If there is a positive integer solution to this equation, there will be three natural numbers (*a+h*), (*b+h*) and (*a+b+h*) which satisfy equation (1).

But (2*a*+2*h*), (2*b*+2*h*), (2*a*+2*b*+2*h*) will also satisfy equation (1) because we have simply imported a factor 32 into both the LHS and the RHS of (1). Similar remarks apply if we import a factor 243, 1024, 3125…etc.

So it will help to focus the problem if we limit *a + h* and *b+ h* to being co-prime.

We know from (3) above that *h*^{5}, and therefore *h*, already has all the prime factors of both *a* and *b*.

Now if *a* and *b *had a common factor (say *k*), both *a+h* and *b+h* would also have the prime factors of *k.* So if (*a+h*) and (*b+h*) are to be co-prime, *a *and *b *must be co-prime too.

The expression (*a + b* + 2*h*) in (3) will be denoted *z*. The question now arises whether *z* is co-prime to *a* and *b*. It is only necessary to establish this for *a* and *z* because *a* and *b* are effectively inter-changeable. Now if *a* and *z* have a common factor, subtracting, *b*+2*h* will have it too. But *b *+ 2*h* cannot have a factor common to *a*, because *h* has this and *b* doesn’t.

So *a* and *z* have no common factor and the same form of argument establishes that *b* and *z* have no common factor.

[AN ASIDE Since *z* = *a+b*+2*h,* equation (3) can be replicated using just the unknowns *z, b, h* or alternatively *z, a, h*.

We get

*h*^{5} = 5*bz*(*z*–*b*-2*h*){*z*^{2} – *zb* – *b*^{2} -2*h*(*z+b*) +2*h*^{2}}…………………….(3’)

or

*h*^{5} = 5*az*(*z*–*a*-2*h*){*z*^{2} – *za* -a^{2} -2*h*(*z+a*) +2*h*^{2}}…………………….(3”)

So there is a kind of symmetry here which is useful later in the exposition. END of ASIDE.]

Next, the question arises whether *a, b* and *z* are all co-prime to the curly bracket

{*a*^{2} + *ab* + *b*^{2} +2*h*(*a+b*) +2*h*^{2}}, which will be denoted v………………………………….(4)

So (3) becomes

* h*^{5} = 5*abzv*……………………………………………………………………………(5)

We already know that *a, b* and *z* *do* have factors in common with *h*, so we can take *h* for granted and remove terms with a factor *h* from the reasoning. If we disregard *h*, the expression for *v* reduces to *a*^{2}+*ab*+*b*^{2}. This clearly has no factor in common with *a* or *b,* and *z* reduces to *a+b*. Does *a*^{2} + *ab* + *b*^{2} have a factor common to *a+b*? No, because if it did, (*a+b*)^{2} – *ab* would have such a factor: which would imply that *ab* also had a common factor with either *a* or *b*… something already ruled out.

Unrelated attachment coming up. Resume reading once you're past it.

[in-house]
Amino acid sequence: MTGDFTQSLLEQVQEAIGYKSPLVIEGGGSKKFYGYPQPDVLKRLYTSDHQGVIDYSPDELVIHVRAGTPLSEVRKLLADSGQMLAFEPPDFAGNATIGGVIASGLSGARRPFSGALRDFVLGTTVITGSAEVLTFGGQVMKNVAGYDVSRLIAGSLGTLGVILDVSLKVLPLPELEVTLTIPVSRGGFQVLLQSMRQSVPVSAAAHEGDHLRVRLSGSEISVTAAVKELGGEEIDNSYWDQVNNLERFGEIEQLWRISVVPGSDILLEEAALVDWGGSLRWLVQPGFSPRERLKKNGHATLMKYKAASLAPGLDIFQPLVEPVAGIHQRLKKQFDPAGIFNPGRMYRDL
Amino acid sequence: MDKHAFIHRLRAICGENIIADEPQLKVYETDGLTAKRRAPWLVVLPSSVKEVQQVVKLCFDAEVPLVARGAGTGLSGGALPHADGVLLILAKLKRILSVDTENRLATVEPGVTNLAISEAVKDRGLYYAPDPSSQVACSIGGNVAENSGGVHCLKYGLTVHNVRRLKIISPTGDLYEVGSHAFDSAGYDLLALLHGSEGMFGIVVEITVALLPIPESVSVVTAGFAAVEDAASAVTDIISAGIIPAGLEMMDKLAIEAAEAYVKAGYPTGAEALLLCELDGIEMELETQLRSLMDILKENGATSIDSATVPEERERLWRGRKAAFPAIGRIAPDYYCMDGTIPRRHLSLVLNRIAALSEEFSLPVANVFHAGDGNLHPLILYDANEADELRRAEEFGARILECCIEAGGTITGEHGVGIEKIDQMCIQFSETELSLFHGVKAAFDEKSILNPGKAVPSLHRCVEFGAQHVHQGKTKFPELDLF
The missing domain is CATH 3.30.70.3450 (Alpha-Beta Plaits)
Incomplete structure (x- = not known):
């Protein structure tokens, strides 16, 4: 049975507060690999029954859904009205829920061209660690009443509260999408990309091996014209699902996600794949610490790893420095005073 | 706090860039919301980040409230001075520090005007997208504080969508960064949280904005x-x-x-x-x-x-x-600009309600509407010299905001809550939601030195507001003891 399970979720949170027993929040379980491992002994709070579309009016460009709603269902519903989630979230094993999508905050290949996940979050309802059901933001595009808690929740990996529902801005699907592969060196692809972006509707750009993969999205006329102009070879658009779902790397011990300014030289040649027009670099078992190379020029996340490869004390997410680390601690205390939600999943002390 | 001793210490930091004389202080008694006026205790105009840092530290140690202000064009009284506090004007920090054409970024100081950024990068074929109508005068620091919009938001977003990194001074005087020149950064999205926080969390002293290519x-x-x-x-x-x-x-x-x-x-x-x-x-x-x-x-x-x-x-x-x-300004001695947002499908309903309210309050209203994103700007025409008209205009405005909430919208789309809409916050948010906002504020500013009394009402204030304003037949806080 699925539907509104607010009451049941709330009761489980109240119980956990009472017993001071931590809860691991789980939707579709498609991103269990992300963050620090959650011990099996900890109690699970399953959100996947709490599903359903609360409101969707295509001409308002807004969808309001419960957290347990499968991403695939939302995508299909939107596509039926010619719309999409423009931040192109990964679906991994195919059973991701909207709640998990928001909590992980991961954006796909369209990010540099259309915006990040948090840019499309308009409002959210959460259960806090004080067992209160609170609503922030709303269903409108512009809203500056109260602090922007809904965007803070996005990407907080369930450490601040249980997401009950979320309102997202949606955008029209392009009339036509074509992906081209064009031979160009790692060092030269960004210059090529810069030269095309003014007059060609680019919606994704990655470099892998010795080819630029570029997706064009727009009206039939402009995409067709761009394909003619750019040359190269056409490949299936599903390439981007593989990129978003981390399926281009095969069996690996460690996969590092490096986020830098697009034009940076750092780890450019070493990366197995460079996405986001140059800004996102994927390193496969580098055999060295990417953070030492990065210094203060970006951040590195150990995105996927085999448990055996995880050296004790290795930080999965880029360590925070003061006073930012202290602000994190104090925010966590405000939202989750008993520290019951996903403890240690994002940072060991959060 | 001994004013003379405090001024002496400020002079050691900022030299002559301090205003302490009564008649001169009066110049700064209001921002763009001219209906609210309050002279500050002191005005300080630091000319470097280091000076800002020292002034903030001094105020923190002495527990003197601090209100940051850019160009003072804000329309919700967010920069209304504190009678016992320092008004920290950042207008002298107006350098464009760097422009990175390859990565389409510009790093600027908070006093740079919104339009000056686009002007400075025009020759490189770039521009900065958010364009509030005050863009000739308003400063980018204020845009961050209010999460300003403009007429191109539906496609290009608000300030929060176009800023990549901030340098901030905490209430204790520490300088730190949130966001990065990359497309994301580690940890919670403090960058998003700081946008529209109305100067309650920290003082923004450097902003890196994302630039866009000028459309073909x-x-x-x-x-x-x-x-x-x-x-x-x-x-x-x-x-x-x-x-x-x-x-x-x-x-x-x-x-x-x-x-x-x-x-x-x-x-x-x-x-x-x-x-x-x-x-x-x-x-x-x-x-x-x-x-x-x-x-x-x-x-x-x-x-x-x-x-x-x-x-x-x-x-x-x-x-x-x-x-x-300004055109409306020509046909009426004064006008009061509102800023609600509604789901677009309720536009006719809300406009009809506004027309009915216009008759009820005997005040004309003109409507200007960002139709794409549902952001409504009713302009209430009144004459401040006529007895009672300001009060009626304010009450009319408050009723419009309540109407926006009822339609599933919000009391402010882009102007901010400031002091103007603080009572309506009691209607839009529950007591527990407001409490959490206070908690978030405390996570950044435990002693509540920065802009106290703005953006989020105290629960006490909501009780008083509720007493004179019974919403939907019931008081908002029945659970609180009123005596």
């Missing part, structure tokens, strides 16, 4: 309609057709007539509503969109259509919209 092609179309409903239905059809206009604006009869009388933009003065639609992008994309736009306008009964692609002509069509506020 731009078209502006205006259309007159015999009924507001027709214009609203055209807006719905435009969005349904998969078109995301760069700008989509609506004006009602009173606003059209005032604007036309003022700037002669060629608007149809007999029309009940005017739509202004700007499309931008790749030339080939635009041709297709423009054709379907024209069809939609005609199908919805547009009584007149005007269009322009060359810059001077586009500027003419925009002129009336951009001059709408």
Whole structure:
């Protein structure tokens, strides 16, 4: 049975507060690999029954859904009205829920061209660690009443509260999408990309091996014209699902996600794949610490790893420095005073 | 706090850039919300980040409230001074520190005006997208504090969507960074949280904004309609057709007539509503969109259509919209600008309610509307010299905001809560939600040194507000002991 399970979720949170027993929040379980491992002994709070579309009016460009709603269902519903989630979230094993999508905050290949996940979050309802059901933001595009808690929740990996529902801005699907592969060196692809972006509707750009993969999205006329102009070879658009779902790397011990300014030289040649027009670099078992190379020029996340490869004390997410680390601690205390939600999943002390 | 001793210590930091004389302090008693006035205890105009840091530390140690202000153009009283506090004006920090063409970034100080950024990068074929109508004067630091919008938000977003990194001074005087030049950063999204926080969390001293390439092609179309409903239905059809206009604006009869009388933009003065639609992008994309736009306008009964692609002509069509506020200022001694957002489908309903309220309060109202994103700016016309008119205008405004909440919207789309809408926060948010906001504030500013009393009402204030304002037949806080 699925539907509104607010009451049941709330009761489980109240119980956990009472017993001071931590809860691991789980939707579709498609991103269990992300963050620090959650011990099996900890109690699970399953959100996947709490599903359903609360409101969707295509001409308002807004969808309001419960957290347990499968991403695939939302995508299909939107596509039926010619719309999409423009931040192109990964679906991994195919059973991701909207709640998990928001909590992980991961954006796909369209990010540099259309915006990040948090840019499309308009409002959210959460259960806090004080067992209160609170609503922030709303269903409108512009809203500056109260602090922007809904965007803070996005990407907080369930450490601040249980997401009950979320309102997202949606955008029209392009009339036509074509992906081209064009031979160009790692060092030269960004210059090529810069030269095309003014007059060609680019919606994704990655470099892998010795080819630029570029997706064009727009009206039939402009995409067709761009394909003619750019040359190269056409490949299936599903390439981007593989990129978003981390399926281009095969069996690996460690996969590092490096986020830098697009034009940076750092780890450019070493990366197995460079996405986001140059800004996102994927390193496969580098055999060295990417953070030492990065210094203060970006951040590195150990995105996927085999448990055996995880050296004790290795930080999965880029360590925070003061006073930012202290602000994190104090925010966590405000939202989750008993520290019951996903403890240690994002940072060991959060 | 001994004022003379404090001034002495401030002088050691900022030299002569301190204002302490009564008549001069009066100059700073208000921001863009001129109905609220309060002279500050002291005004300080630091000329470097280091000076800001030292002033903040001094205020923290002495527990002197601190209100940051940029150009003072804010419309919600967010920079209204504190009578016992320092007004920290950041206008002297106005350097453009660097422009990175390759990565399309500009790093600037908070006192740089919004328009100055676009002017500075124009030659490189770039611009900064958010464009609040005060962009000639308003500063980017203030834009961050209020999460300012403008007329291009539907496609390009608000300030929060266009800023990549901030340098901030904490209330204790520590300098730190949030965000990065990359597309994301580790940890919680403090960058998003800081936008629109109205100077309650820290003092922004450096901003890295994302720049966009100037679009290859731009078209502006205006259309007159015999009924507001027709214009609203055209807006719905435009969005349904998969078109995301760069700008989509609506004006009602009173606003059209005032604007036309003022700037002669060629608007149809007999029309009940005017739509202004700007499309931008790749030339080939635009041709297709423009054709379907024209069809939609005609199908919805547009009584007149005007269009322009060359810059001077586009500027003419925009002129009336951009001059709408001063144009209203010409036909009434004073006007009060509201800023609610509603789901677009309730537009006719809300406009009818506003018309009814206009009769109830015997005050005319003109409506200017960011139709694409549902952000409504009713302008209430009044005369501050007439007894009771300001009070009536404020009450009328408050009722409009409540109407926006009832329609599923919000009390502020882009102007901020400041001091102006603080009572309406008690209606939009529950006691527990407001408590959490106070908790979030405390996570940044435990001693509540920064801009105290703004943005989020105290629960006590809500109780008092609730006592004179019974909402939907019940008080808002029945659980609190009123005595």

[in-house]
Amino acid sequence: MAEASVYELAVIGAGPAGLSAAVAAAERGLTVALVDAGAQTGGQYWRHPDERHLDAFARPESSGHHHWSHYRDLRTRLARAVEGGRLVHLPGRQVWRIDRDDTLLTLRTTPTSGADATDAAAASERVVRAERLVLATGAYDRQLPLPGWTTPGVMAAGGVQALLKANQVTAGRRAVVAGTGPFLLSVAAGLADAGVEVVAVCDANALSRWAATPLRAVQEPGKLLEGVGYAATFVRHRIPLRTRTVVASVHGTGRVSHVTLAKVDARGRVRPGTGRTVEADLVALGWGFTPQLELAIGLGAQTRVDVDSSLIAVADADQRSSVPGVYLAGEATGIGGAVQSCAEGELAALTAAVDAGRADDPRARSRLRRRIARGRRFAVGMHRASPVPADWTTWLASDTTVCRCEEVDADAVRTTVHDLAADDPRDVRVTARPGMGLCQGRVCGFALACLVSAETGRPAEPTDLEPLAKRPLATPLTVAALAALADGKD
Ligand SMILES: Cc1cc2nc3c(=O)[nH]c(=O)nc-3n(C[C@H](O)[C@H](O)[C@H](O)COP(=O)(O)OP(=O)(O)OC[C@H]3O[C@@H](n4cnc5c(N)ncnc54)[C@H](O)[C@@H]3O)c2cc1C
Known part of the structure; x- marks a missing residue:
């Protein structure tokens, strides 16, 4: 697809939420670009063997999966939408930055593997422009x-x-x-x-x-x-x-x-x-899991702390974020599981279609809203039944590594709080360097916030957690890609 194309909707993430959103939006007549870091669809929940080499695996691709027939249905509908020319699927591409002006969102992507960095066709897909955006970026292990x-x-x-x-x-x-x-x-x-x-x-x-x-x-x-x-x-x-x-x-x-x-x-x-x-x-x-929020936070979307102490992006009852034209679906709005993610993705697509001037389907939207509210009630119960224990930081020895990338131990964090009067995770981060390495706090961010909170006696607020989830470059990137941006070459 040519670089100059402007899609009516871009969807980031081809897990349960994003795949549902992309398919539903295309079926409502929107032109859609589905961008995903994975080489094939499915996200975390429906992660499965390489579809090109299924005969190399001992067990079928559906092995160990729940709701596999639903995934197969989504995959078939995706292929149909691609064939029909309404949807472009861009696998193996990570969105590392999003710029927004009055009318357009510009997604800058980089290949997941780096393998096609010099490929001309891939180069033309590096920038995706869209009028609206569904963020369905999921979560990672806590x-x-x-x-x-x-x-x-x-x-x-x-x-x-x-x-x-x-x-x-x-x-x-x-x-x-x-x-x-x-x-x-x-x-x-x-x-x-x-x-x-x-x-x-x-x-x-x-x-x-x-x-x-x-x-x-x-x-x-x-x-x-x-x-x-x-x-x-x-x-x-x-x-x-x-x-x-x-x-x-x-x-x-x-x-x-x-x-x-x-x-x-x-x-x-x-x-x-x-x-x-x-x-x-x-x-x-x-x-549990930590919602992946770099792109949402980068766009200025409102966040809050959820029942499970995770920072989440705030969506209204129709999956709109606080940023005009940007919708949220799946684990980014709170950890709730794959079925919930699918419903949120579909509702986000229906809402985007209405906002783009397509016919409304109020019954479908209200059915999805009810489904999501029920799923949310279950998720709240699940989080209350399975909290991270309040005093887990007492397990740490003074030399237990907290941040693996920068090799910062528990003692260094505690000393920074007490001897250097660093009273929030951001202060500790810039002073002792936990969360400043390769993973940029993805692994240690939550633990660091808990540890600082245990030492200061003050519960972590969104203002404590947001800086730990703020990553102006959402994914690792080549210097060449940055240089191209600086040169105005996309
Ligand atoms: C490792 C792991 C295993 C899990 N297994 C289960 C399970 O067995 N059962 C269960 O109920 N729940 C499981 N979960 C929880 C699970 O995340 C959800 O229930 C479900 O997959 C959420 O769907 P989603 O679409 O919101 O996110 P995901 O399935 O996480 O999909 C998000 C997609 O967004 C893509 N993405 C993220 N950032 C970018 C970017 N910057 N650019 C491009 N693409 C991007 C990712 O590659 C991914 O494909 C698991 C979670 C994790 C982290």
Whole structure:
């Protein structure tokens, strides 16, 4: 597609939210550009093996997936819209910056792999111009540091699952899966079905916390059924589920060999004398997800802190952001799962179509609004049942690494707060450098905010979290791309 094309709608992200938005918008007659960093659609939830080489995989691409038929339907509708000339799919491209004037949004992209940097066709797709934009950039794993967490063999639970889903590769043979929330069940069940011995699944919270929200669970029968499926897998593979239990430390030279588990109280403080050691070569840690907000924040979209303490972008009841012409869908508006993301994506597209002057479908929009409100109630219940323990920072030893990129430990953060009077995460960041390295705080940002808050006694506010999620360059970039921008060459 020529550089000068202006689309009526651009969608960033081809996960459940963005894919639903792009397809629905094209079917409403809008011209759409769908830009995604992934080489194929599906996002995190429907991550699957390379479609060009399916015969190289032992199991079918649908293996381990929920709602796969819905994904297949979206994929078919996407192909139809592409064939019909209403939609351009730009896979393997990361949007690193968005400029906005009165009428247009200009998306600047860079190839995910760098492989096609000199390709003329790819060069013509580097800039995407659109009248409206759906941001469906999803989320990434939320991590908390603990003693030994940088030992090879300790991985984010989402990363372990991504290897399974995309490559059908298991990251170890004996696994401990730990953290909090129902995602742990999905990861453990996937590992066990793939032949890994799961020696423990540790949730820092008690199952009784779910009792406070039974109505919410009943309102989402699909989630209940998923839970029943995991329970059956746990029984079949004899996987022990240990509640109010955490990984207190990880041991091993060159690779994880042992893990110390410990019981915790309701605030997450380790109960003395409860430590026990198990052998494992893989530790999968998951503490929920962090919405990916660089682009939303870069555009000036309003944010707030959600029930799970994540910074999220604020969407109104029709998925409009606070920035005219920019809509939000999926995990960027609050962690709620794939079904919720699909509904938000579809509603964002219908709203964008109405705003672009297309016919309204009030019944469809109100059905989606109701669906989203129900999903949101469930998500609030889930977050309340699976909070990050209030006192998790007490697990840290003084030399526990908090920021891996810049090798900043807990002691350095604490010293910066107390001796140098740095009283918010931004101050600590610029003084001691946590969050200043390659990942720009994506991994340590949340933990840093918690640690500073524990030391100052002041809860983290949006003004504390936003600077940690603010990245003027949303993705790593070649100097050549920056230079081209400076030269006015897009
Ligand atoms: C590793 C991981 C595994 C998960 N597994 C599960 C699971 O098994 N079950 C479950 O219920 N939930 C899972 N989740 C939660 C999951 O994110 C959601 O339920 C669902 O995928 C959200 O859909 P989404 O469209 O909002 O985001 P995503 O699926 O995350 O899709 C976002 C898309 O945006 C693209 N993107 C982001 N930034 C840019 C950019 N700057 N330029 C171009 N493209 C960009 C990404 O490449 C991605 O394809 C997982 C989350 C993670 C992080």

So the result of this preliminary inquiry into the co-prime status of *a, b, z, v* is that they are all co-prime to each other.

This tells us that each of *a, b, z* and *v* must be a quintic power *except* that *one and only one* of them must also have the factor 5^{4}. (Otherwise there would be an extra factor 5 on the RHS.) The one which has the factor 625 may also have the factor 3125 to some power.

*So it follows that there are natural numbers, A, B, Z, V such that *

*a* = *k*_{1}*A*^{5}

*b* = *k*_{2}*B*^{5}

*z* = *k*_{3}*Z*^{5}

*v* = *k*_{4}*V*^{5} where just *one* of the *k*s is 5^{4 } (i.e. 625) and the others are all 1.

Also taking the 5^{th} root of each side of equation (5) above:

* h* = 5*ABZV*……………………………………………………….(6)

This is a landmark result.

It may be noted here that one and only one of *a, b, z, v* must have a factor 625 or this times a power of 5.

Now *v* is either *V*^{5} (when one of *a,b,z* has the factor 5) or 625*V*^{5} (when it, *v*, is the unknown with the factor 5).

Could it be either of these things? Probably not: there is no reason to think that the curly bracket expression on the RHS of equation (3) has the form of a fifth power, or a fifth power times 625. This stands out as the most likely elementary reason why no solution has ever been found for equation (1). The problem, though, is to prove this putative impossibility.

There are two main cases: CASE 1 when *v* lacks the factor 5 and CASE 2 when *v* has the factor 5.

CASE 1 breaks into two sub-CASEs (1.1) when *z* has the factor 5, and (1.2) when *a* or *b* has the factor 5. (*a* and *b* are interchangeable, so we shall simply look at the case (1.2) when *a* has the factor 5.)

We look at the two sub-cases in turn. This is case 1 so *v* = *V*^{5} and recapping:

* V*^{5} = *a*^{2} + *ab* + *b*^{2} +2*h*(*a+b*) +2*h*^{2}……………………………………………………….…..(4)

It is striking that the RHS of (4) contains two quintics, *a*^{2} and *b*^{2}, or if you prefer *A*^{10} and *B*^{10}, while everything else has the factor *AB*.

So let *V* = *A*^{2} + *B*^{2} + *y*, ………………………………………………………………………………..(6) where *y* is the integer needed to make the RHS total up to *V*

Now because all the terms of *V*^{5} (in (4)) apart from *a*^{2} and *b*^{2} have the factor *AB*, it looks as if *y* will necessarily have the form *gAB* where *g* is an integer.